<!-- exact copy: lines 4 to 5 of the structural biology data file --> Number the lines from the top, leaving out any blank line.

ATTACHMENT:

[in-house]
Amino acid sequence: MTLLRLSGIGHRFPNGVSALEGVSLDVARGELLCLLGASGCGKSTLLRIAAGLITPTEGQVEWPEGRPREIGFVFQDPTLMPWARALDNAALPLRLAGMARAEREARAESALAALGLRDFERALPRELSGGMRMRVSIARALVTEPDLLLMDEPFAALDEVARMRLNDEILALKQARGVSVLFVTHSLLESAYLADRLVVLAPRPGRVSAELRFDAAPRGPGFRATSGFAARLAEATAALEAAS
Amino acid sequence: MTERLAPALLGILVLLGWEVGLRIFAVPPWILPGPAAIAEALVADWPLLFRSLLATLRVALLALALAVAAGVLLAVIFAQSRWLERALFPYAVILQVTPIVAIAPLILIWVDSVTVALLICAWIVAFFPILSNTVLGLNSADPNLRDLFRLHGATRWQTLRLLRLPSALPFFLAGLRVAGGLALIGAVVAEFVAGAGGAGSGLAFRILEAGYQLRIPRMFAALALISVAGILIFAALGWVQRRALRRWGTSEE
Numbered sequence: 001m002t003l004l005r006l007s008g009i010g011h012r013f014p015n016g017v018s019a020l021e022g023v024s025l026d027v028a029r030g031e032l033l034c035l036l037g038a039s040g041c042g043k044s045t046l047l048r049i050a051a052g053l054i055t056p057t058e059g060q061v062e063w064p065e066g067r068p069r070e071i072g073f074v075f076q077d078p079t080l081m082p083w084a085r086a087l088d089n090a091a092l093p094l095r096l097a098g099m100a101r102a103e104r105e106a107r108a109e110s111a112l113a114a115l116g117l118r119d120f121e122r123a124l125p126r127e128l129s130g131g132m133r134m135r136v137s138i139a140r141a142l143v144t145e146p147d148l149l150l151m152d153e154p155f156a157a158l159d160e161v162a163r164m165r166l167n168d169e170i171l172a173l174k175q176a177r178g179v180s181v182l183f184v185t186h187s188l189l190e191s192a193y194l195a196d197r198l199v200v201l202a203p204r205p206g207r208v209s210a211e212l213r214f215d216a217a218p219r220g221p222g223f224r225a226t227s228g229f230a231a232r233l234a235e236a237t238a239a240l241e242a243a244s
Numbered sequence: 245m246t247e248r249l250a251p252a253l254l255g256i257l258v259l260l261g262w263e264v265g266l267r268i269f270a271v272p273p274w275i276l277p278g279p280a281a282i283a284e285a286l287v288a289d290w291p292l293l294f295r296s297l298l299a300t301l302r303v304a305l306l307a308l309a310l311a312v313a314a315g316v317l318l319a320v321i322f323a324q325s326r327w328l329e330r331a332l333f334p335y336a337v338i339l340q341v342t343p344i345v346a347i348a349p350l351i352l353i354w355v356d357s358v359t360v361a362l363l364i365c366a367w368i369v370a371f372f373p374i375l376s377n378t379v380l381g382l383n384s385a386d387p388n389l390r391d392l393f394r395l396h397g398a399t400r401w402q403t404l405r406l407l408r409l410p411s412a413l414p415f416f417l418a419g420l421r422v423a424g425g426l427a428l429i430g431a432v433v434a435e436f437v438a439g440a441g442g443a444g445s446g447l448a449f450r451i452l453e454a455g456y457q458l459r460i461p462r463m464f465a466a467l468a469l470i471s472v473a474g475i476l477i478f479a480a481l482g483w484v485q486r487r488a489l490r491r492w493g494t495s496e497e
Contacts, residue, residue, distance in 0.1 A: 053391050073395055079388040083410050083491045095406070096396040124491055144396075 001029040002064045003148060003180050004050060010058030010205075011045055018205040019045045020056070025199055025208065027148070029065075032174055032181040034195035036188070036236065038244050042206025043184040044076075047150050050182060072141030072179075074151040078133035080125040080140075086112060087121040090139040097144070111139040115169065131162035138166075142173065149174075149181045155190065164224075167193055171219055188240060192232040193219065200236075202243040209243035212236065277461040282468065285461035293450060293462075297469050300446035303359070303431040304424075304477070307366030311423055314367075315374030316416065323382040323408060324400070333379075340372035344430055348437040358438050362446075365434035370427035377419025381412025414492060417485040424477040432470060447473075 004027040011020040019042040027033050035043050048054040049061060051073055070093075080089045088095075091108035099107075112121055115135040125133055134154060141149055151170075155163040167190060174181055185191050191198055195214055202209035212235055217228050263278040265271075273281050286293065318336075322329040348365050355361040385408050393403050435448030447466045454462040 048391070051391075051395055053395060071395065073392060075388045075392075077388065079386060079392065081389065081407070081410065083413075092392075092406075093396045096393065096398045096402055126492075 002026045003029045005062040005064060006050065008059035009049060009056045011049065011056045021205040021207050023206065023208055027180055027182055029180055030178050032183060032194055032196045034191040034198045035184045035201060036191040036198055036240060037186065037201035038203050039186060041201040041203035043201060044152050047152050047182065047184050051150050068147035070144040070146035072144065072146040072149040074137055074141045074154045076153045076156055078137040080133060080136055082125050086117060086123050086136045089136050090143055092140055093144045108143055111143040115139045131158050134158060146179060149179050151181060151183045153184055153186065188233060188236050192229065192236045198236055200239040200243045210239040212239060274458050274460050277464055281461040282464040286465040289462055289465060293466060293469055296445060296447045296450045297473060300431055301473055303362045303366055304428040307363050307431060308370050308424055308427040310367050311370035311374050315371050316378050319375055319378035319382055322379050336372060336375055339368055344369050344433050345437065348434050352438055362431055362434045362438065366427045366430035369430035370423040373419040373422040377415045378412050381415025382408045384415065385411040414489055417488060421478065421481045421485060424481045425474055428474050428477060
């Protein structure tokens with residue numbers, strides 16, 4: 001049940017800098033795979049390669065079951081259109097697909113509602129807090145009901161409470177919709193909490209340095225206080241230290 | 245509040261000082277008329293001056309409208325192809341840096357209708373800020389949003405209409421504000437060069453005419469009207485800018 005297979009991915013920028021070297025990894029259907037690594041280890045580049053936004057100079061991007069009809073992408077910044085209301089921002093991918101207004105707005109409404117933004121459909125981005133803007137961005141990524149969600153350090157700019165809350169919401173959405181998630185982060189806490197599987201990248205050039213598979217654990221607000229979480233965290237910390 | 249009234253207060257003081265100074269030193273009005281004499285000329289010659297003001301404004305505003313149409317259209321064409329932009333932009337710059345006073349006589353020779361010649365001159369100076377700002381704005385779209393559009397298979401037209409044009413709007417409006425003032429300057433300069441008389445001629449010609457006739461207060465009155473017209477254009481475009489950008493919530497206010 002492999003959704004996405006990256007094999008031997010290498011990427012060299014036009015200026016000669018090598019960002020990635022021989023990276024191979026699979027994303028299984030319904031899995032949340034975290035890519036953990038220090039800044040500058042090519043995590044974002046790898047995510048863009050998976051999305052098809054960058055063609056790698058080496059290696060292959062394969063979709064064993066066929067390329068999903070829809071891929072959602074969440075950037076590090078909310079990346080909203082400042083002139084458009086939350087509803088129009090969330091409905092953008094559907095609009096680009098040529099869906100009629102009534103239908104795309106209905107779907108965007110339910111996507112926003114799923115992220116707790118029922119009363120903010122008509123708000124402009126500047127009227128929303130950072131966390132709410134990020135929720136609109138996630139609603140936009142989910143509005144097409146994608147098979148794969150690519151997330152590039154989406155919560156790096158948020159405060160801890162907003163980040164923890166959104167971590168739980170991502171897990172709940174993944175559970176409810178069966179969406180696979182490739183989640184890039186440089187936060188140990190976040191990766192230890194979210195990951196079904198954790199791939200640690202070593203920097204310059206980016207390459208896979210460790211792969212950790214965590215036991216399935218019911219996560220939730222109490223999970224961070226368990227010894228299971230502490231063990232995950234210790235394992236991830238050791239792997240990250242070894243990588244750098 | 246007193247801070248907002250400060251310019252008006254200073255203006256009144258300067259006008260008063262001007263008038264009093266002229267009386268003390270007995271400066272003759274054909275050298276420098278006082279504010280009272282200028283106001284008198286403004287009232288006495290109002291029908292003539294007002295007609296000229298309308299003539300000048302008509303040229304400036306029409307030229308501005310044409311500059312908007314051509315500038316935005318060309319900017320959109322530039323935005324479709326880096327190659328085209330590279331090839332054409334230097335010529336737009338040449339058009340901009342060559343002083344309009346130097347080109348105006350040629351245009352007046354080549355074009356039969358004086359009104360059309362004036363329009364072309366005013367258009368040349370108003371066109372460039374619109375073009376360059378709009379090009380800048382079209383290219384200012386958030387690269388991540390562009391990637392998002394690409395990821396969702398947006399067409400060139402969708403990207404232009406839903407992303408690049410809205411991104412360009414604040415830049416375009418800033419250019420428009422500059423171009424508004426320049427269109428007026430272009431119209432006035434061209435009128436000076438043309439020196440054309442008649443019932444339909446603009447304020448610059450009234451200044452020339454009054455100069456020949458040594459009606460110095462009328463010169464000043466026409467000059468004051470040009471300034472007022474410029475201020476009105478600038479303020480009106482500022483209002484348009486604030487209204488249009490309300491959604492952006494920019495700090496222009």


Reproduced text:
Numbered sequence: 001m002t003l004l005r006l007s008g009i010g011h012r013f014p015n016g017v018s019a020l021e022g023v024s025l026d027v028a029r030g031e032l033l034c035l036l037g038a039s040g041c042g043k044s045t046l047l048r049i050a051a052g053l054i055t056p057t058e059g060q061v062e063w064p065e066g067r068p069r070e071i072g073f074v075f076q077d078p079t080l081m082p083w084a085r086a087l088d089n090a091a092l093p094l095r096l097a098g099m100a101r102a103e104r105e106a107r108a109e110s111a112l113a114a115l116g117l118r119d120f121e122r123a124l125p126r127e128l129s130g131g132m133r134m135r136v137s138i139a140r141a142l143v144t145e146p147d148l149l150l151m152d153e154p155f156a157a158l159d160e161v162a163r164m165r166l167n168d169e170i171l172a173l174k175q176a177r178g179v180s181v182l183f184v185t186h187s188l189l190e191s192a193y194l195a196d197r198l199v200v201l202a203p204r205p206g207r208v209s210a211e212l213r214f215d216a217a218p219r220g221p222g223f224r225a226t227s228g229f230a231a232r233l234a235e236a237t238a239a240l241e242a243a244s
Numbered sequence: 245m246t247e248r249l250a251p252a253l254l255g256i257l258v259l260l261g262w263e264v265g266l267r268i269f270a271v272p273p274w275i276l277p278g279p280a281a282i283a284e285a286l287v288a289d290w291p292l293l294f295r296s297l298l299a300t301l302r303v304a305l306l307a308l309a310l311a312v313a314a315g316v317l318l319a320v321i322f323a324q325s326r327w328l329e330r331a332l333f334p335y336a337v338i339l340q341v342t343p344i345v346a347i348a349p350l351i352l353i354w355v356d357s358v359t360v361a362l363l364i365c366a367w368i369v370a371f372f373p374i375l376s377n378t379v380l381g382l383n384s385a386d387p388n389l390r391d392l393f394r395l396h397g398a399t400r401w402q403t404l405r406l407l408r409l410p411s412a413l414p415f416f417l418a419g420l421r422v423a424g425g426l427a428l429i430g431a432v433v434a435e436f437v438a439g440a441g442g443a444g445s446g447l448a449f450r451i452l453e454a455g456y457q458l459r460i461p462r463m464f465a466a467l468a469l470i471s472v473a474g475i476l477i478f479a480a481l482g483w484v485q486r487r488a489l490r491r492w493g494t495s496e497e